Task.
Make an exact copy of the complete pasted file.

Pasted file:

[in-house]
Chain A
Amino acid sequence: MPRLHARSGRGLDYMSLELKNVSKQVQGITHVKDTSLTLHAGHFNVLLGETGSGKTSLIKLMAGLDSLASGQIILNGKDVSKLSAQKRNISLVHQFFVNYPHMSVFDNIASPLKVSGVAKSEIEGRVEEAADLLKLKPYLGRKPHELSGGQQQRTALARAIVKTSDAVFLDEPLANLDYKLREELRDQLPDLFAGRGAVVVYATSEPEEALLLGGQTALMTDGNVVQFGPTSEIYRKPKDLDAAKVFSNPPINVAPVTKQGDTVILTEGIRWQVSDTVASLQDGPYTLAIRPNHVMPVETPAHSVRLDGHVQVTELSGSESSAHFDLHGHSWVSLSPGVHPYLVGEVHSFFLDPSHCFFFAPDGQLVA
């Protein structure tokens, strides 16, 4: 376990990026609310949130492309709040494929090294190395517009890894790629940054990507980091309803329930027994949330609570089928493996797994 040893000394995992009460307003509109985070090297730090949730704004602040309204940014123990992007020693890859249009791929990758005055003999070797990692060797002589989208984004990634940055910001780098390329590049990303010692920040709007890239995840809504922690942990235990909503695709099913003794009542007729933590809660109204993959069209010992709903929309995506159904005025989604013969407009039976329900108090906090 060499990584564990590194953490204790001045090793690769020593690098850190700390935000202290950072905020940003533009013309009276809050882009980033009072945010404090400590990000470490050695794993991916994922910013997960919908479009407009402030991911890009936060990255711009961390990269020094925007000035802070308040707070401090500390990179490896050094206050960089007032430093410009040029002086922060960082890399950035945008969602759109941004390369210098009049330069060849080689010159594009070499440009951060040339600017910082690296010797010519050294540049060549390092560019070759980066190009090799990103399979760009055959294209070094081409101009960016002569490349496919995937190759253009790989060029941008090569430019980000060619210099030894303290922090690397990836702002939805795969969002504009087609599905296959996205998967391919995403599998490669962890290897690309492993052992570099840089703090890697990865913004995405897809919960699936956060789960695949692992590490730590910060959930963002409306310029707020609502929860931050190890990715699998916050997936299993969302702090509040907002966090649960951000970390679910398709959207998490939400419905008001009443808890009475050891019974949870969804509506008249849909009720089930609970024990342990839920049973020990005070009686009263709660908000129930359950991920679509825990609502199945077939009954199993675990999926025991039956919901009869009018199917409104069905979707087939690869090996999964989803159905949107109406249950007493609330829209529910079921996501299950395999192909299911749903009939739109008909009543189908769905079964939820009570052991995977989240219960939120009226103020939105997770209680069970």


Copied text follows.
[in-house]
Chain A
Amino acid sequence: MPRLHARSGRGLDYMSLELKNVSKQVQGITHVKDTSLTLHAGHFNVLLGETGSGKTSLIKLMAGLDSLASGQIILNGKDVSKLSAQKRNISLVHQFFVNYPHMSVFDNIASPLKVSGVAKSEIEGRVEEAADLLKLKPYLGRKPHELSGGQQQRTALARAIVKTSDAVFLDEPLANLDYKLREELRDQLPDLFAGRGAVVVYATSEPEEALLLGGQTALMTDGNVVQFGPTSEIYRKPKDLDAAKVFSNPPINVAPVTKQGDTVILTEGIRWQVSDTVASLQDGPYTLAIRPNHVMPVETPAHSVRLDGHVQVTELSGSESSAHFDLHGHSWVSLSPGVHPYLVGEVHSFFLDPSHCFFFAPDGQLVA
């Protein structure tokens, strides 16, 4: 376990990026609310949130492309709040494929090294190395517009890894790629940054990507980091309803329930027994949330609570089928493996797994 040893000394995992009460307003509109985070090297730090949730704004602040309204940014123990992007020693890859249009791929990758005055003999070797990692060797002589989208984004990634940055910001780098390329590049990303010692920040709007890239995840809504922690942990235990909503695709099913003794009542007729933590809660109204993959069209010992709903929309995506159904005025989604013969407009039976329900108090906090 060499990584564990590194953490204790001045090793690769020593690098850190700390935000202290950072905020940003533009013309009276809050882009980033009072945010404090400590990000470490050695794993991916994922910013997960919908479009407009402030991911890009936060990255711009961390990269020094925007000035802070308040707070401090500390990179490896050094206050960089007032430093410009040029002086922060960082890399950035945008969602759109941004390369210098009049330069060849080689010159594009070499440009951060040339600017910082690296010797010519050294540049060549390092560019070759980066190009090799990103399979760009055959294209070094081409101009960016002569490349496919995937190759253009790989060029941008090569430019980000060619210099030894303290922090690397990836702002939805795969969002504009087609599905296959996205998967391919995403599998490669962890290897690309492993052992570099840089703090890697990865913004995405897809919960699936956060789960695949692992590490730590910060959930963002409306310029707020609502929860931050190890990715699998916050997936299993969302702090509040907002966090649960951000970390679910398709959207998490939400419905008001009443808890009475050891019974949870969804509506008249849909009720089930609970024990342990839920049973020990005070009686009263709660908000129930359950991920679509825990609502199945077939009954199993675990999926025991039956919901009869009018199917409104069905979707087939690869090996999964989803159905949107109406249950007493609330829209529910079921996501299950395999192909299911749903009939739109008909009543189908769905079964939820009570052991995977989240219960939120009226103020939105997770209680069970």